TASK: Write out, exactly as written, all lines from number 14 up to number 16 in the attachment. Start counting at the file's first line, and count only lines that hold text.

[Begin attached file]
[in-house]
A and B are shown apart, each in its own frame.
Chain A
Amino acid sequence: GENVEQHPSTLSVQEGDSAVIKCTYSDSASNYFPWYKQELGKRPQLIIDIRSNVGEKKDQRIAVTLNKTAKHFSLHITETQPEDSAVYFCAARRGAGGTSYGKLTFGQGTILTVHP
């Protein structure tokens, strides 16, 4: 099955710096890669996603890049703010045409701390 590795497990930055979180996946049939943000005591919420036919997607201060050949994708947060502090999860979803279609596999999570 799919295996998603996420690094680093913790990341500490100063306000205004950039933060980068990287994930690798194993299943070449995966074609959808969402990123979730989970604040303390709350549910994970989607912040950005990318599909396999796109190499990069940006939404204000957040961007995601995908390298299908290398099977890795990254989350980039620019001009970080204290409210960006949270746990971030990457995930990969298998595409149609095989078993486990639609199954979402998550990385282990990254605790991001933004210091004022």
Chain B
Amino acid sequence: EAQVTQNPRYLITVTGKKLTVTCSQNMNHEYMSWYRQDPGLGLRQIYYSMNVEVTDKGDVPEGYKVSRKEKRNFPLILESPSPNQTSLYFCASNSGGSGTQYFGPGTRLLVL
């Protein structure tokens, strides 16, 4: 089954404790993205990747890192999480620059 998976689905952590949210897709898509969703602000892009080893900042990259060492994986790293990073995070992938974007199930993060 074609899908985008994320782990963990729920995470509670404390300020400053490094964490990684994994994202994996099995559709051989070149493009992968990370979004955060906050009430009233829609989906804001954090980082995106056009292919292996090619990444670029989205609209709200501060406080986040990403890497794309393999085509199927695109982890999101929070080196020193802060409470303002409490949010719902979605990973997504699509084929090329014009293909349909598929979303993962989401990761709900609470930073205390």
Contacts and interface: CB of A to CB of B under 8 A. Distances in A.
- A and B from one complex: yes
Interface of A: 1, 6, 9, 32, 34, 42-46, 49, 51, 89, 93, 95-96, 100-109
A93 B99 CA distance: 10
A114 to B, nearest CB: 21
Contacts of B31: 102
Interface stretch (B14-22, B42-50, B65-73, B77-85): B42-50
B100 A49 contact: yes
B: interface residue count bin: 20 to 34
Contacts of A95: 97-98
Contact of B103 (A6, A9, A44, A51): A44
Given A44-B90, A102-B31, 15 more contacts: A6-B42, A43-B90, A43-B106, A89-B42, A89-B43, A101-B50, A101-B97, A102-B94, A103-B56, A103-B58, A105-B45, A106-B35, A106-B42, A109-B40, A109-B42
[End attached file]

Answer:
Contacts of B31: 102
Interface stretch (B14-22, B42-50, B65-73, B77-85): B42-50
B100 A49 contact: yes